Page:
How deeply do front-end and back-end programmers need to know the adjacent stack – experts answer
As a rule, backend users do not perceive the front end as a hard direction: the threshold for entering the front end is lower than the back end; you do not need to know the algorithms, Design Patterns, architectural patterns, and be able to model the database. Talk to any backend, he will say that the front is jQuery. But this was true recently, and today the situation has changed. jQuery faded into the background. Now the time has come for JS frameworks, the struggle for the speed of loading sites, the struggle to reduce the size of scripts, optimize the initial loading, lazy load and other words that the backend does not understand.
So what does a backend developer need to know from the new frontend to get an excellent software product in the end? The main tool of the web is a browser. Everything that the backend does will eventually be visible in the browser, so it is important to know how modern browsers work. And it’s not about studying the source code of the browser – for further optimization on the front end, at least you need to know the browser API, the API for working with the document, the DOM model, where does the site start loading, how does it end when all assets and scripts load . But that is not all. Basically, you need to know the APIs that receive data from the server, AJAX requests, the client data storage APIs, cookies, local and session storage, HTML, CSS and the basics of JS.
The key to a successful project is a thin client. Everything that can be done on the server needs to be done on the server, because if necessary, you can increase the power of the server, and it is impossible to increase the power of the client. For example, writing your parsers on the client is bad. The server must prepare the data for rendering.
As for the front-end developers: there is no need to do this to release a quality product with knowledge of HTML, CSS, JS. The modern front-end vendor is a little DevOps-engineer, a little back-end, a little architect, a little designer. Now is the time for technology to mix with a broader approach. At least any front-end vendor will sooner or later run face-to-face with Node.js, which is often called the backend for front-end vendors. Therefore, you will have to deal with server architectures a bit, at least at the level of ability to distinguish microservice architecture from monolith.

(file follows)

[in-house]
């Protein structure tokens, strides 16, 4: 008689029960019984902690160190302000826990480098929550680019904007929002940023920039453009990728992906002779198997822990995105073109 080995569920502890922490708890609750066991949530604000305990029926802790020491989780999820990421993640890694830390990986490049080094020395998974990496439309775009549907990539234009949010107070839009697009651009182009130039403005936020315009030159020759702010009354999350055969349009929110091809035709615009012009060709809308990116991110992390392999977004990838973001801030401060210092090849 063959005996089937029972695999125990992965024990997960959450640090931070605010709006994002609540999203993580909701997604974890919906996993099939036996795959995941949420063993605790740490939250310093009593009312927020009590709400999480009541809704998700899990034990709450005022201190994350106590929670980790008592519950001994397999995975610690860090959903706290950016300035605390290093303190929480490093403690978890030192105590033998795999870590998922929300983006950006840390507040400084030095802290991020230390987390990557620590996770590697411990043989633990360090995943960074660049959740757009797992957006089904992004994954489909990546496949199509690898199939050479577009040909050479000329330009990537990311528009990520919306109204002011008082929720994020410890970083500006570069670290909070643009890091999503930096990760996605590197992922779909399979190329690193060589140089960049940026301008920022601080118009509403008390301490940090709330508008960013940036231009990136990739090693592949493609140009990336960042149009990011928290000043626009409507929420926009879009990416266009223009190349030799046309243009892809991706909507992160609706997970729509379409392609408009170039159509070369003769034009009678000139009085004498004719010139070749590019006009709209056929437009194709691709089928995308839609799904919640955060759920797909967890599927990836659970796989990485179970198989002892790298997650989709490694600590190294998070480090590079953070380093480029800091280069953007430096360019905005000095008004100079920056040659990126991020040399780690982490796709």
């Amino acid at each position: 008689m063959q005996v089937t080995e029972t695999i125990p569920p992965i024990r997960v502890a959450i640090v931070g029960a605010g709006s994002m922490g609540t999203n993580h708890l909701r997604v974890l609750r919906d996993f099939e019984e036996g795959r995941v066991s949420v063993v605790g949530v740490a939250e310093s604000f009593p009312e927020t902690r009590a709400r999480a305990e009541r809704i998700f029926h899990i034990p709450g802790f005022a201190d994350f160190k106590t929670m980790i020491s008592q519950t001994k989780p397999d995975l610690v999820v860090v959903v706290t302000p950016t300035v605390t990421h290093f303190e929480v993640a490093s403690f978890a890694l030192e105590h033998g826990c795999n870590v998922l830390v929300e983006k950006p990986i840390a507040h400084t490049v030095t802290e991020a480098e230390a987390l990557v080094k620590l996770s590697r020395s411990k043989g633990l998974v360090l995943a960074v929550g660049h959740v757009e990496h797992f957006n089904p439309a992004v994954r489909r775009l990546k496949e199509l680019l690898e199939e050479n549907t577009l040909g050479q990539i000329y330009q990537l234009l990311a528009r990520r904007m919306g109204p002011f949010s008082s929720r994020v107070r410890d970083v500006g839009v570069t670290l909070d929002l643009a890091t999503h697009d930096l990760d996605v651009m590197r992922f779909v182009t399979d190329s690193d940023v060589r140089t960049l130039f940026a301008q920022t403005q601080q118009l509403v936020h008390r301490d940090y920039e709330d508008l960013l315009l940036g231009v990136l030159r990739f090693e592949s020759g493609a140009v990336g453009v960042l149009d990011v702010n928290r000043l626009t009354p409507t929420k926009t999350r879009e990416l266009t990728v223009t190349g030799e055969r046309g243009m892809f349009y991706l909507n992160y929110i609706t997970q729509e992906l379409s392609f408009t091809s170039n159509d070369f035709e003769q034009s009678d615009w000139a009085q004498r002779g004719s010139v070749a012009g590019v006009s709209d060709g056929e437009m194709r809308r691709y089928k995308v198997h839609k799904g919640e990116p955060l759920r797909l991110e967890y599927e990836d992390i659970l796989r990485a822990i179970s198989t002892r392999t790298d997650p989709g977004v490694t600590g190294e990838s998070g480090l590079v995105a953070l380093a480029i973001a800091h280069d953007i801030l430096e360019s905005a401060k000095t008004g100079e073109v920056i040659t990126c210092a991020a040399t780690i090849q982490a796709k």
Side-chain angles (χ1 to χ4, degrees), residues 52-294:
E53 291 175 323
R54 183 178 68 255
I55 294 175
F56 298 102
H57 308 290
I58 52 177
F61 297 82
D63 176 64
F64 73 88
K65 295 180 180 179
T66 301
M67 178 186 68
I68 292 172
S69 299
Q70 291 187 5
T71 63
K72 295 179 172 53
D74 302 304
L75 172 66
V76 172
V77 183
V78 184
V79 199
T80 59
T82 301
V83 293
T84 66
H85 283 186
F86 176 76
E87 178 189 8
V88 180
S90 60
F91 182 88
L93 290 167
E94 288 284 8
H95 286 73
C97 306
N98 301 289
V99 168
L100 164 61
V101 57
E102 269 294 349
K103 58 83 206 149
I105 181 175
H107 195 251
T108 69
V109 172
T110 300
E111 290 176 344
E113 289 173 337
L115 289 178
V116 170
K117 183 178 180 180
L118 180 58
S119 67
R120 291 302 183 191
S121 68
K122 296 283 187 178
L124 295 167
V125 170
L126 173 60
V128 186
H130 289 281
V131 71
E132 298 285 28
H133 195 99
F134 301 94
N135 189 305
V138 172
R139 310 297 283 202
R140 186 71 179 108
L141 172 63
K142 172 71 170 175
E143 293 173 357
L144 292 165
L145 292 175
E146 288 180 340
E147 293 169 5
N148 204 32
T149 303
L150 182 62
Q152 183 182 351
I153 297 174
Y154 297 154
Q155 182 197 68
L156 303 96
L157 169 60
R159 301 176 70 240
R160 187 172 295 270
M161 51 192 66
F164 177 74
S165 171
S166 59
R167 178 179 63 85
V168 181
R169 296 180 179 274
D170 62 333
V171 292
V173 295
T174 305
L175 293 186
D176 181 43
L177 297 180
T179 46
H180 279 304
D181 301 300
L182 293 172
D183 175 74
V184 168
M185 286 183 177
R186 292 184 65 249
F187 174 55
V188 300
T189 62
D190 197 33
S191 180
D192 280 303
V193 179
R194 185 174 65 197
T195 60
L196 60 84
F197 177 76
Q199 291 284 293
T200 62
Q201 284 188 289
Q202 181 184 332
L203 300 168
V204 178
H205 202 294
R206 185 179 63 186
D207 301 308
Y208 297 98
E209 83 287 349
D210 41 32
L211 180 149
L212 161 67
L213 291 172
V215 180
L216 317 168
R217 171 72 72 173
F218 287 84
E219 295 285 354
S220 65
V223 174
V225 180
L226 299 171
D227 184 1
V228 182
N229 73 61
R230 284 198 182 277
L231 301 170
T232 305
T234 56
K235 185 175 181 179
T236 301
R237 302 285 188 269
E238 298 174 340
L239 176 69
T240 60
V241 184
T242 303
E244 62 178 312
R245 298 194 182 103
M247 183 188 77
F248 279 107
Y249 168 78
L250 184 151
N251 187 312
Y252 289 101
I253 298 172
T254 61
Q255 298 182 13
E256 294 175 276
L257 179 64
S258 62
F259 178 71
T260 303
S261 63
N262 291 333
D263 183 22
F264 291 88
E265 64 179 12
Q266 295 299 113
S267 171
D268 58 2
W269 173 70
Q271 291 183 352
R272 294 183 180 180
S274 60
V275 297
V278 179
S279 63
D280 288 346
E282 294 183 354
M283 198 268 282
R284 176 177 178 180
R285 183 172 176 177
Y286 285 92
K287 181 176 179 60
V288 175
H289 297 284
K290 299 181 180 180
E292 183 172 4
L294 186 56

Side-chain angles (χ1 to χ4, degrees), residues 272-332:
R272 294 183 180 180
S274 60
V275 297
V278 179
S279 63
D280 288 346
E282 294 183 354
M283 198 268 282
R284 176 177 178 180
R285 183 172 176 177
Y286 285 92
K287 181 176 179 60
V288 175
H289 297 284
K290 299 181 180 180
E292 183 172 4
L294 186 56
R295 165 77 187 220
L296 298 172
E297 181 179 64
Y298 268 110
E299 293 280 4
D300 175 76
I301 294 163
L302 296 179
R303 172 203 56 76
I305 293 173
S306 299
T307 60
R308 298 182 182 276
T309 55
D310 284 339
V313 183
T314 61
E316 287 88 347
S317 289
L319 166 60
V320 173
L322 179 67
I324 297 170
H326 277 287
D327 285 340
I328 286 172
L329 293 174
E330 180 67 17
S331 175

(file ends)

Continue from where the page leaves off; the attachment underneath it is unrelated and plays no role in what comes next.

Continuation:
It’s very important for the front-runner to understand how the server works, even if it’s superficial to know what Nginx and Apache are, how statics are issued, what types of requests happen, what the server gives, what statuses, protocol types, HTTP, HTTPS and others.
It is equally important to work in several template engines and understand why they are needed. Over time, the ability to work in Unix systems, knowledge of the basic commands of the Bash script will come in handy. Knowledge of the DBMS, not only NoSQL, is also useful. You also need to understand how database queries are built, how heavy they can be – this will allow you to better understand the importance of data caching.
Almost every front-runner will sooner or later run into a docker, so it’s better to get to know him in advance too.
Knowledge of algorithms and Design Patterns, the ability to assess the complexity of algorithms are relevant in the front-end, as well as knowledge of OOP, which can not be avoided. There are areas that any developer will encounter, but there are additional skills that depend on a specific project. And here you need to look at the situation and the tasks assigned to the developer.
If you need a scalable, supported project, you need to respect both sides, understand what kind of pain and complexity your colleague may face. It is always important to search for optimal solutions in a specific situation, in a specific project, so it is advisable to be a little full stack. As Kozma Prutkov said: "A limited specialist is like a flux, its fullness is one-sided." For all areas, it is necessary to know the generally accepted practices for creating a quality product, the principles of SOLID, KISS and DRY.